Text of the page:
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Armillo Review: Big Ball of Fun
Less is more as the saying goes, but thankfully games like Armillo make the effort to make more of everything. A 3D action puzzle platformer of finesse and action frenzy, Fuzzy Wuzzy Games’ big ball of fun is as much a mouthful to describe as it is to experience all wrapped up in its own imperfect mix of retro gameplay in a modern paint job. You may see and feel every bit of old-school gaming everywhere you look, but Armillo is hardly yesterday’s news.
Slapping together the best of both worlds and getting just a bit less back, Armillo tips its hat to the best of them while earning a good word itself. Armillo’s story is a rather simple one. You’re a humble, round, orange armadillo capable of intergalactic travel who finds his hometown under attack by an evil force, the Robotic Darkbots. Enslaving its inhabitants, and capturing his brother, the Darkbots forcing Armillo to roll into action and travel across the galaxy to stop their evil plans. From Super Mario Galaxy to Super Monkey Ball, with a just a dash of “Marble Madness” thrown in for flavor, Armillo aims high in its lofty inspirations. The size and scope of its levels are nothing but ambitious given its humble indie origins, and their variety of rolling plains to snow-flaked winters show off their admirable eye to detail. And the worlds in which you’re dumped are free of any tutorial tedium. The game hardly holds back from the get-go and you’re refreshingly left on your own to start dashing your way to freedom.
Controlling the game’s orange protagonist (and his blue brother a little later) is Armillo’s truest joy. Like any old-school arcade machine, you roll Armillo back and forth across his world like a pinball gone crazy, dodging boulders, lasers and the occasional UFO. The Wii U gamepad’s tilt controls handle great and are accessible for anyone to pick up, plus there’s an option to use the GamePad’s accelerometer should you be up to “boosting” into rocks and enemies at lightning speed. There’s two main actions you can perform, jump and boost, which, when tied together, can be used to give yourself a lengthier boost that’s certain to be popular with speed-runners. Off-screen play is also available, and even recommended for having tenser levels closer to your face when playing.
In “Armillo’s World” and later ones, power-ups are scattered across the land mass for Armillo and his brother to use. Some will have varied effects, making Armillo bigger, smaller, or giving him an extra life or heart, or even extra time. Say you get three seconds to get back to the rocks you need to be blow up via dynamite, so you’ll need to carefully backtrack to the right spot. That’s good, because there’ll be lasers to be dodged, puzzles to be solved and platforms to be jumped on and off. Some enemies will shoot at you, which will either damage you, make you much slower, or even inverse the controls. Sometimes you’ll need to turn into a cube to get past enemies or rocks boost across a sizable gap, or shoot darkbots. It’s times like these that Armillo has a lot going on, and it’s 60 frames-per-second sometimes suffers for it.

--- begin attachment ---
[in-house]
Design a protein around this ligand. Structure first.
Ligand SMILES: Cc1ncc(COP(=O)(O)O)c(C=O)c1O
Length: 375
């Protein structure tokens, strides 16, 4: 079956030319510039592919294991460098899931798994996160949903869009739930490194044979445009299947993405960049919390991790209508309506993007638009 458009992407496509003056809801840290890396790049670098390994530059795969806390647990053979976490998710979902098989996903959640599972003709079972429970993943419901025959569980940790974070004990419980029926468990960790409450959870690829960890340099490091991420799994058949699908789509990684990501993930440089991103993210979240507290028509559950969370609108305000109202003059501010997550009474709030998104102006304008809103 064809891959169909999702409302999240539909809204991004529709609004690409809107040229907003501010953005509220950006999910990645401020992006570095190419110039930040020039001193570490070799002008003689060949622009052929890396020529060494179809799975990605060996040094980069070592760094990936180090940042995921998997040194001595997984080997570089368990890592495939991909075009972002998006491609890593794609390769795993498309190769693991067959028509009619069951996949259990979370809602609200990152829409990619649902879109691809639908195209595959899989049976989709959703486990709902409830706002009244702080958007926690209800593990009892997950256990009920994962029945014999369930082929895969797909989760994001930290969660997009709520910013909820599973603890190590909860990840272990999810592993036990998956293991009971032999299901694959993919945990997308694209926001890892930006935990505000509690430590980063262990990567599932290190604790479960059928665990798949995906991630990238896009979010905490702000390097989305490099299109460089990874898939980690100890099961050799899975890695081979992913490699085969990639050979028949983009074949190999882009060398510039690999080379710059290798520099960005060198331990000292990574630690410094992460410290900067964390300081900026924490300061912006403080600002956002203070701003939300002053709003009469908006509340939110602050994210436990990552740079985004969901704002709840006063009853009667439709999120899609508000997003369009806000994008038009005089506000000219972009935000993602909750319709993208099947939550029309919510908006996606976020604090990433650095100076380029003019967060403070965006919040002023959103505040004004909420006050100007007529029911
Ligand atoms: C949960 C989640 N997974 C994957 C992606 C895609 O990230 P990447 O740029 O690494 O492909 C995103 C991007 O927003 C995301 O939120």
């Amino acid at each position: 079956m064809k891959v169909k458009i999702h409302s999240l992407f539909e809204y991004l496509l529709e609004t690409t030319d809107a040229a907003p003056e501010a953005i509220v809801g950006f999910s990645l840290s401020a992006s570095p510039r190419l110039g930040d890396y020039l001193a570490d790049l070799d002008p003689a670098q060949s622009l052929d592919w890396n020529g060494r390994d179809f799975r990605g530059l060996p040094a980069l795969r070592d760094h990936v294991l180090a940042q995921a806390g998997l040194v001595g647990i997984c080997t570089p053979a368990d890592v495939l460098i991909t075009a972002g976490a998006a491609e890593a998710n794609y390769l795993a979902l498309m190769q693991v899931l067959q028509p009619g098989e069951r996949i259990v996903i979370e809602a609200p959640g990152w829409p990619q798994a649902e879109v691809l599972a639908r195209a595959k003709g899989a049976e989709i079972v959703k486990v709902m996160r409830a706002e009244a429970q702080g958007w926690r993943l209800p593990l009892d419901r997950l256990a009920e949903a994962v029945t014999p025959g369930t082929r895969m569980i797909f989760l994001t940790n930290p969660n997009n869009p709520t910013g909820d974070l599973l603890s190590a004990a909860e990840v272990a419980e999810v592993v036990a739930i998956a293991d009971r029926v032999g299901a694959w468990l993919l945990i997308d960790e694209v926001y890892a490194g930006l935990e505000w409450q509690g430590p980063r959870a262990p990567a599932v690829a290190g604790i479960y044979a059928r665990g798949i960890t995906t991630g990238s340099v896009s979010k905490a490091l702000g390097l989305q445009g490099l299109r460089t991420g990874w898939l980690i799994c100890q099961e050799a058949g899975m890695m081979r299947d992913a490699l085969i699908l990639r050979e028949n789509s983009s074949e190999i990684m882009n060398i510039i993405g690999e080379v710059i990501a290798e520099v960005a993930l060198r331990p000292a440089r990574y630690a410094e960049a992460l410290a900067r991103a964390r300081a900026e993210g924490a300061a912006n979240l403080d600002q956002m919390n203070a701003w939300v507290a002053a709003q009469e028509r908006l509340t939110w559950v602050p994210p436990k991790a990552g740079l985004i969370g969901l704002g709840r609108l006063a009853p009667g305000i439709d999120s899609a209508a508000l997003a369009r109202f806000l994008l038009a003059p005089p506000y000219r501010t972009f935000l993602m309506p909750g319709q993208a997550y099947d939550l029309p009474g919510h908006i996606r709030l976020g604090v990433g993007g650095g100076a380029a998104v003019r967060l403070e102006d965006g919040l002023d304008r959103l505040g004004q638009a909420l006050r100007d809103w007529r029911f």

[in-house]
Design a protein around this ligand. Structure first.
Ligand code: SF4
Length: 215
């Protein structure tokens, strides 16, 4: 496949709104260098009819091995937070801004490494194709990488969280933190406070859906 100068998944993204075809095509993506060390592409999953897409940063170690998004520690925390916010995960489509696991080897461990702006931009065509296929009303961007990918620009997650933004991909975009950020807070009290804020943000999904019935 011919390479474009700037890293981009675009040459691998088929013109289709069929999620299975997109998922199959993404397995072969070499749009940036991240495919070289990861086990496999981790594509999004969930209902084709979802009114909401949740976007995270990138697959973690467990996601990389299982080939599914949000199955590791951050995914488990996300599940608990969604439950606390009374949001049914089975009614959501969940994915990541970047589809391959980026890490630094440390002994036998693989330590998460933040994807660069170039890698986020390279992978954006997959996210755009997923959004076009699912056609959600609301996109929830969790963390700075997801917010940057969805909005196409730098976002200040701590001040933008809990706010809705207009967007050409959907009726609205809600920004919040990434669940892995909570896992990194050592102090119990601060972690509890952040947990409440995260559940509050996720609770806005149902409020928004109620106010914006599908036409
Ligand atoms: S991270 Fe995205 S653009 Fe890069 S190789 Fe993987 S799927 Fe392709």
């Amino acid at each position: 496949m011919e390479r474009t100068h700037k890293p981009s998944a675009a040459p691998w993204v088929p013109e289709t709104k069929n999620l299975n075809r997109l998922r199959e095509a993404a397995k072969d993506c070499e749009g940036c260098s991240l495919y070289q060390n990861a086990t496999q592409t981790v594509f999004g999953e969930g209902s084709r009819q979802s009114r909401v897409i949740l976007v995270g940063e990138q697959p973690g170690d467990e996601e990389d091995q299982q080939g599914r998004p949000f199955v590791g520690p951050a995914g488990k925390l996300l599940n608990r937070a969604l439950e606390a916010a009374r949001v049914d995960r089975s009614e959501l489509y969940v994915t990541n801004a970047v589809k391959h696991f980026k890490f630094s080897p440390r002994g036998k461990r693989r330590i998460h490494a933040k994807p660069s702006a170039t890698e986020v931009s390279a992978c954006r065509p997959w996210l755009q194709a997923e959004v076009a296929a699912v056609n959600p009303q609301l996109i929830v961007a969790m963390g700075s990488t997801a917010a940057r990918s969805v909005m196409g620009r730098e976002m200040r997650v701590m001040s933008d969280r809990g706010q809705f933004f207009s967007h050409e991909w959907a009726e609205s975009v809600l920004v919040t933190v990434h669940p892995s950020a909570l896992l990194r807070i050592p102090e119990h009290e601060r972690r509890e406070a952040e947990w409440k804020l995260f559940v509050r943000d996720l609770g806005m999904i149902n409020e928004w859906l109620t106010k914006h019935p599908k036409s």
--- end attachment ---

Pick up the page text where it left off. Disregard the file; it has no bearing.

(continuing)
Though it may only last a second or two, it nevertheless detracts a bit of the immersion. Armillo‘s art style is endearing, its voice work checks out and its soundtrack is stellar, but it can’t often escape its lack of polish at several crucial junctures, namely its 2D levels. In these secret levels unlocked through the game’s campaign, you play from a topdown view down to something more akin to the 2D Sonic platformers of their comparison. Unfortunately, they don’t quite feel as fluid as their 3D peers. Jumps aren’t often as responsive and the timer can seem a bit too fast, making each level more difficult than need be. Still, each 2D level’s share of delightful 8-bit music makes them worth trying.
Each level further boasts portals to their own “parallel universe,” a kind of dark world threatening to suffocate poor Armillo after the timer runs out. These include the most developed puzzles and it certainly uses it. Sometimes hints will be given in the dark world, which you’ll need to use in the adjacent “light” world like switches that need to be tapped in order. Given time, the puzzles are certainly taxing, but add some satisfying stress to the experience.
For each level’s finale, you’ll find a sort of lunar boost pad, which gives you a specific amount of time to horse as many of the game’s orb currency as you can according to how many of Armillo’s blue critter friends you’ve saved along the way. These orbs are collected in all levels and levels’ moons, and can be spent in the in-game shop to boost Armillo’s powers, making him stronger, giving him more hearts or lending him additional time in the field.
Armillo may take you about six to seven hours, but revisiting levels rewards you with at least a dozen challenging hours collecting everything by beating your old scores. By its conclusion, Armillo may weave its way into some surprising twists for what story it may bring, if its sheer fun of exploration wasn’t fun enough. As a tribute and as a standalone title, Armillo effectively breaks the mold in as many ways as it champions it with all the enthusiasm and passion deserved of its amicable nature. Its quirks could ask for a bit more polish, but its charm can’t be beat for a few bucks on the eShop for a rocking good time.